A conversation with Brian Zachman, President of Global Risk Management Bunge Limited (NYSE: BG)
The views and opinions expressed in this interview are those of Brian Zachman and do not necessarily reflect the official policy or position of Bunge Ltd.
Good morning Brian. My first question is, how did you start in the business?
I am from St. Michael, a small town in Minnesota, just northwest of the Twin Cities. My family was in the dairy farming business, but it was never really my hope to have a career in the family business. My choice of university, Minnesota-Duluth, even came with an added bonus: it was too far from the farm for my dad to call at 3pm and ask for a hand milking the cows at 5 pm!
I was interested in markets and studied Economics and Math in college before applying to Cargill, but for a position in their financial markets department. Cargill likely saw the farming background and instead offered me a merchant trainee job in West Fargo, North Dakota.
What happened to the family farm? Is it still going?
My parents sold the milking cows and the young stock in the early 1990s, when Mom and Dad reached retirement age and when no obvious succession plan emerged for the farm—all of my five siblings also chose professions other than farming. Dad still lives on the farm, although suburban development and the resulting increase in land values means less and less of the land is directed to agricultural uses. It’s a tale as old as time, a pattern likely to continue throughout rural America.
Before joining Bunge you worked briefly for a hedge fund. What was it like?
I really enjoyed the experience. The ‘reason for being’ is very clear in a fund: it’s about delivering results, and that clarity has a way of creating the right kind of focus. Also, maybe contrary to popular perceptions, my experience is that hedge funds are very disciplined organizations. There’s a real recognition that outcomes are uncertain and that one doesn’t know anything with certainty, so a big part of the business revolves around managing risk.
My primary frustration in the managed money space was being limited to the Exchange-traded instruments and not being able to take positions in the underlying physical commodities (the basis) or in any other part of the value chain. The analytical process is the same in both settings—oftentimes at the fund we had very solid opinions about value migration in parts of the chain but with no way to express our opinion in those markets.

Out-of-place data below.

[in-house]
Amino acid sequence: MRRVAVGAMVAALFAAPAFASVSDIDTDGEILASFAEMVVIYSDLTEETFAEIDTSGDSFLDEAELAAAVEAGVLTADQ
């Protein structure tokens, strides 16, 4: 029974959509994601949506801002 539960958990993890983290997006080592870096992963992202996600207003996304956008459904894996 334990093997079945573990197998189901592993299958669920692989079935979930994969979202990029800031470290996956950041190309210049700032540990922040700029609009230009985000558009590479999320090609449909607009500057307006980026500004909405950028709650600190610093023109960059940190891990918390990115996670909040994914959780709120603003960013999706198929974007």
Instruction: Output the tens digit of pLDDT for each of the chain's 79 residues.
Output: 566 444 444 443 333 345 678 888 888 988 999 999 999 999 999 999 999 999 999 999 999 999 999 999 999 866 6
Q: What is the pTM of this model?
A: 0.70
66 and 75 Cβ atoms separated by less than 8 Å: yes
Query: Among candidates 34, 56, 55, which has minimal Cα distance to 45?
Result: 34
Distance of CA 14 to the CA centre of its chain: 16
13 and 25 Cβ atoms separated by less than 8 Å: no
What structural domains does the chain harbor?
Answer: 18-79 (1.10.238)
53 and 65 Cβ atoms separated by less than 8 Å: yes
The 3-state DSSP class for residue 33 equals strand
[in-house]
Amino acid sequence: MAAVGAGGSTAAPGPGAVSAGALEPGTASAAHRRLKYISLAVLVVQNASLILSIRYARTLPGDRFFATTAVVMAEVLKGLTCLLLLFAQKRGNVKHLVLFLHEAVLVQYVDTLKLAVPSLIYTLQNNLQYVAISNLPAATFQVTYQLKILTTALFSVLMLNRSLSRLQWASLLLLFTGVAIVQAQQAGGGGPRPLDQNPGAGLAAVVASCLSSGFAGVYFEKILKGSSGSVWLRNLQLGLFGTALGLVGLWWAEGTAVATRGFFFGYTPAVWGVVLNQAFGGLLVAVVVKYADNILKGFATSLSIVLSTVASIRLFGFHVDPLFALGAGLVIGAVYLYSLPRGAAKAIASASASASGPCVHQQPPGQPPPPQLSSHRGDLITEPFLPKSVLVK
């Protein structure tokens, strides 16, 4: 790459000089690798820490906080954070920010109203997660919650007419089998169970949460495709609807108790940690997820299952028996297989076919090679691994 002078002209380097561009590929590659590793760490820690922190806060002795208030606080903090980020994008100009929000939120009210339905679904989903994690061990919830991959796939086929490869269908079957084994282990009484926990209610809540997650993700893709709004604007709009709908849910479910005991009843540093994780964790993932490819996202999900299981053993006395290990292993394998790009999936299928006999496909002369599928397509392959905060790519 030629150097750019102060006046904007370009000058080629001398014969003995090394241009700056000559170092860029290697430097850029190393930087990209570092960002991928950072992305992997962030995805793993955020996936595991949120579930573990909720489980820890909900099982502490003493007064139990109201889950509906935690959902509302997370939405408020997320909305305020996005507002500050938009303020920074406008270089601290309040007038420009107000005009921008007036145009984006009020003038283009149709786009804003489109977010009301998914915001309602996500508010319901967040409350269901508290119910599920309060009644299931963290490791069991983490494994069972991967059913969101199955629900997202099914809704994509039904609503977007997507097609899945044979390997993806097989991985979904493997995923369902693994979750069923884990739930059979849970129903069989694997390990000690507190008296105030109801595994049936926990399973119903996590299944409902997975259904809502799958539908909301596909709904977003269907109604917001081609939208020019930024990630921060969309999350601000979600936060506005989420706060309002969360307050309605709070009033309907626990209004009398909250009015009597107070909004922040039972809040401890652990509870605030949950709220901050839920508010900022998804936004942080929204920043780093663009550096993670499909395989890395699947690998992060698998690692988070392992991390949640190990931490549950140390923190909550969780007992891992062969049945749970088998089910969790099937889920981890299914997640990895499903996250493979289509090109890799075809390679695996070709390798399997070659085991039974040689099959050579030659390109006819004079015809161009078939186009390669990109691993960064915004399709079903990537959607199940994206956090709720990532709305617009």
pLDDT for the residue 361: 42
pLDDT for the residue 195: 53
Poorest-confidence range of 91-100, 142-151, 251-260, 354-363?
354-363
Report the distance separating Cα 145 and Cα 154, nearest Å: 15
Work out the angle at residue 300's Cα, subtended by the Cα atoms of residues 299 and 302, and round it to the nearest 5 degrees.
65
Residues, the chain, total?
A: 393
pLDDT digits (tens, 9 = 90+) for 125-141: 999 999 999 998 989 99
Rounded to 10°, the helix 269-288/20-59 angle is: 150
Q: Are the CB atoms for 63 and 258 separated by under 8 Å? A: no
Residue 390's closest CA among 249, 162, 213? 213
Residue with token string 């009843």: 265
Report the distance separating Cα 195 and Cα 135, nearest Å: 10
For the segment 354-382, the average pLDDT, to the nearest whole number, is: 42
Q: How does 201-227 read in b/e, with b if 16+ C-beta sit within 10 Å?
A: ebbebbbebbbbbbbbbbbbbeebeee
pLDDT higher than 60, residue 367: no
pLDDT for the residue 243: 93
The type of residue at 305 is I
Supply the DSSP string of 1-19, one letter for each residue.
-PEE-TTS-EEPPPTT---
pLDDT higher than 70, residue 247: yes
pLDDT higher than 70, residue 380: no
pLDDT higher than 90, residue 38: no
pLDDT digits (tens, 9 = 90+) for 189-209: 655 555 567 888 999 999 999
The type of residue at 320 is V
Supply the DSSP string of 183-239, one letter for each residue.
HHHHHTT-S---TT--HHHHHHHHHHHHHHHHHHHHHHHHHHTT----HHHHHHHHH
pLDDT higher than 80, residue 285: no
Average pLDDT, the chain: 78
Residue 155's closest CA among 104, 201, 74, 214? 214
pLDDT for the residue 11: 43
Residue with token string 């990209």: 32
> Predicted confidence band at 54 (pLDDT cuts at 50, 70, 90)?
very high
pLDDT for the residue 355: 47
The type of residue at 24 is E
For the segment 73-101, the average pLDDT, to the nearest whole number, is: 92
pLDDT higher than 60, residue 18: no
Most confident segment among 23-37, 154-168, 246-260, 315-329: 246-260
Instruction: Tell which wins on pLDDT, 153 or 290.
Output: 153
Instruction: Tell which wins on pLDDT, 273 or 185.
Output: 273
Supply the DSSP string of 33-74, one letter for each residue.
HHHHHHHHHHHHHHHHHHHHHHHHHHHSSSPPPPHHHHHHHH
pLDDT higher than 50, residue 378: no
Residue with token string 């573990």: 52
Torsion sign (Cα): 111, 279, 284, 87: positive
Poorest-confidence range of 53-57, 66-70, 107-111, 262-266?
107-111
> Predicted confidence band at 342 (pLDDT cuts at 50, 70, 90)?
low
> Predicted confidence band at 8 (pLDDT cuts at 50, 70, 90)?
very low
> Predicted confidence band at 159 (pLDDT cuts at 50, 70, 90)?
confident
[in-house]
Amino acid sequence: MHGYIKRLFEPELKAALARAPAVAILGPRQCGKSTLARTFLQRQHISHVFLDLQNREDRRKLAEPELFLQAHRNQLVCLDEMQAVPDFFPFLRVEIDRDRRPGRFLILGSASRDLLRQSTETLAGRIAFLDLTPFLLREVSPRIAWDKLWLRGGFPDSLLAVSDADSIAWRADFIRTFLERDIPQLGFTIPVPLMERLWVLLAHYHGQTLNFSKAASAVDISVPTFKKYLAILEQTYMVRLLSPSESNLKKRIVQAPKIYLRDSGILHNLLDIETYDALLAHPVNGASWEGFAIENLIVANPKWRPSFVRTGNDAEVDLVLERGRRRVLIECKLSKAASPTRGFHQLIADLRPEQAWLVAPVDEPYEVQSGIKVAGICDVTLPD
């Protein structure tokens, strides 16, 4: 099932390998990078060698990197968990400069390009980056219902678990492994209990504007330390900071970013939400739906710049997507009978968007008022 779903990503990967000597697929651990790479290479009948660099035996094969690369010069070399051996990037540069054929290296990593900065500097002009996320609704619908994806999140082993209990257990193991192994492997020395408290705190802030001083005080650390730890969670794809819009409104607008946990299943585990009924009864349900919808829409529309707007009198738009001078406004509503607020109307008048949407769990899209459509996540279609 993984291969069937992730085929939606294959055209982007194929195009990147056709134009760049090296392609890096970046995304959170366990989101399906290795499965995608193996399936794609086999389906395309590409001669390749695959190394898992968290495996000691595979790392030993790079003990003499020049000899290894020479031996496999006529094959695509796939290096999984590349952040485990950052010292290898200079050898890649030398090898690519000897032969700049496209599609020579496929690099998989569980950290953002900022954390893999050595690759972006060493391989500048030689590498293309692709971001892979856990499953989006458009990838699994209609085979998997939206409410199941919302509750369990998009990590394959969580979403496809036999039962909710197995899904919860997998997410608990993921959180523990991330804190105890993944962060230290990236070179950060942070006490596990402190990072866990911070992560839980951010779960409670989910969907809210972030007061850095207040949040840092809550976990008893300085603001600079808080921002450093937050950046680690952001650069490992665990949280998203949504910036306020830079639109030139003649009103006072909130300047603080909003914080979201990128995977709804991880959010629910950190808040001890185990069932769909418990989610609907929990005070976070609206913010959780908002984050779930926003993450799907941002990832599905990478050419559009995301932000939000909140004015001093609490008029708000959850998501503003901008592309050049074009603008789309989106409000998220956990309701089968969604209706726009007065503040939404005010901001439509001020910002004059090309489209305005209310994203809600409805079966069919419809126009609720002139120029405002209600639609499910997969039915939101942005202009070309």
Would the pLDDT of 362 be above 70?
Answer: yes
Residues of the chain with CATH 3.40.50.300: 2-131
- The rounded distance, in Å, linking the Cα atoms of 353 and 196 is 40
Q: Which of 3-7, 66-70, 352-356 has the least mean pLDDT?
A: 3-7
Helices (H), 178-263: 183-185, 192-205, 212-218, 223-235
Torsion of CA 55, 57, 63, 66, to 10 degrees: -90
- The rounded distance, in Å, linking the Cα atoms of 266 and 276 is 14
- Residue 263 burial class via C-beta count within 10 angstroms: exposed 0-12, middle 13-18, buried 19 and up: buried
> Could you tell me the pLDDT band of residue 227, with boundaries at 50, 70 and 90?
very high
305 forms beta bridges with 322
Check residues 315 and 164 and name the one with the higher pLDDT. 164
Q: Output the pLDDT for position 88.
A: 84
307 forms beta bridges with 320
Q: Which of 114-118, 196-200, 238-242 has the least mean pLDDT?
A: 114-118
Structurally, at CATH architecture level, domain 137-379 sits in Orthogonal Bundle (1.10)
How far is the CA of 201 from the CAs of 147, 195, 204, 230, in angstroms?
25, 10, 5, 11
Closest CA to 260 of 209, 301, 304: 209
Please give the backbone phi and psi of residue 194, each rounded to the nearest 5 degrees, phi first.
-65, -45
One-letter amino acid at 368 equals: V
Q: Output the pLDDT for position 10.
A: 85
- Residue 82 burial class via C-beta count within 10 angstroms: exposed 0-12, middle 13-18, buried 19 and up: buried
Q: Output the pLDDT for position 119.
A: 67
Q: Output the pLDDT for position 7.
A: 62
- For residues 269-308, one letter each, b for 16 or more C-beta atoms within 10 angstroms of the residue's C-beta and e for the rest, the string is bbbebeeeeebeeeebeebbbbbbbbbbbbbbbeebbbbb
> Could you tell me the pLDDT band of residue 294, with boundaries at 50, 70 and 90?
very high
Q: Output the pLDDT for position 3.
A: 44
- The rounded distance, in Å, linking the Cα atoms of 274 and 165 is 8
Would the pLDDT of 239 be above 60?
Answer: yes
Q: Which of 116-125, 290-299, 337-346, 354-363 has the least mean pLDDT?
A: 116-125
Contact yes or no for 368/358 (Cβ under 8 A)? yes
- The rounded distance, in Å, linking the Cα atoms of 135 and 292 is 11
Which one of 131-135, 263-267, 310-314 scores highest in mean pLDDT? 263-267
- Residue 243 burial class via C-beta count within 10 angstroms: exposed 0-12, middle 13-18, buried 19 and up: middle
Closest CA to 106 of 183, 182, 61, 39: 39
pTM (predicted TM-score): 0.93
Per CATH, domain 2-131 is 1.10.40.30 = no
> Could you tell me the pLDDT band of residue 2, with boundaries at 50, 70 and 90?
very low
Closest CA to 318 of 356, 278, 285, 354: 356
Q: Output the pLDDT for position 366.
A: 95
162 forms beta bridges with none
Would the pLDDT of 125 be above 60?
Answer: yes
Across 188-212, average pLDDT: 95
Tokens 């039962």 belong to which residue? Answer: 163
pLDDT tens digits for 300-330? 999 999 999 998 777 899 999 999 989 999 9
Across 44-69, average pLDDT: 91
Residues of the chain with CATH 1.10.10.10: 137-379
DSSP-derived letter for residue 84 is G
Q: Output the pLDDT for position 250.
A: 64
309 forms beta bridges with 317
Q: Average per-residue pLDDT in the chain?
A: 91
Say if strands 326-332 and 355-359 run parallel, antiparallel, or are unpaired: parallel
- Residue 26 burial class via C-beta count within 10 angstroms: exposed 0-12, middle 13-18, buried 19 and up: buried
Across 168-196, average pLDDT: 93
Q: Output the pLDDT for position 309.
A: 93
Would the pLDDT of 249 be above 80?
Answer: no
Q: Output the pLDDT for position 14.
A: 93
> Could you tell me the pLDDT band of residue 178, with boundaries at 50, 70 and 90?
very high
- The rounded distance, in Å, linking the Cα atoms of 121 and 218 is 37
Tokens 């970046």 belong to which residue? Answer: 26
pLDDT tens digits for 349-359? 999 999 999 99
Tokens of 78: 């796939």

Are you optimistic or pessimistic about the future?
I am optimistic. Bunge is a global player with a global asset base. We physically originate 70 million tonnes of grains and oilseeds each year and have an end-to-end presence in the supply chain; that’s an inherently strong structural position, which is not easy to replicate.
From the standpoint of price risk management, our network also provides us with a lot of proprietary information that helps us optimize our value chains. In a way, our asset base is a call option on volatility in the supply chain.
What advice would you give to a young person starting a career in commodities trading?
My first piece of advice would be to remain intellectually curious. It seems to me that some of the most successful people in the business always ask the next question, not in the interest of information overload, but in the interest of drawing connections between cause and effect in the markets: What’s driving this? Why is this happening? Does it have any knock-on effects? What does it mean?
Second, be humble. If you don’t already possess humility, the market will eventually provide it to you—but it’s almost always more expensive that way!
Accept that you give something of yourself when you put on a position; it exposes your vulnerability to failure. In reality, markets can reward you even when your underlying logic was flawed, and a bet can go badly even when your underlying logic was sound.
Some of the best advice I received went something like “be less concerned about defending your logic and ‘being right,’ because you don’t have all the facts; be more concerned about the outcome and managing your capital.” When it’s framed that way you realize a bad bet isn’t an indictment on your intelligence.
Third, “never say never.” You can say that there’s a low probability of something happening, but you shouldn’t say it will “never” happen. We’ve all seen too many things happen that we thought would never happen. The options markets have this pretty well figured out.
Fourth, find what works for you and develop your own style. At the same time, though, seek the counsel of people that you trust, who can ground you in moments of emotion and the extremes, and who can help you put things in perspective.
Finally, appreciate the place that commodities have in the world…we are in a relevant business with great purpose!
Thank you Brian for your time!
© Commodity Conversations ®
This is a brief extract of a conversation from my upcoming book to be published in November.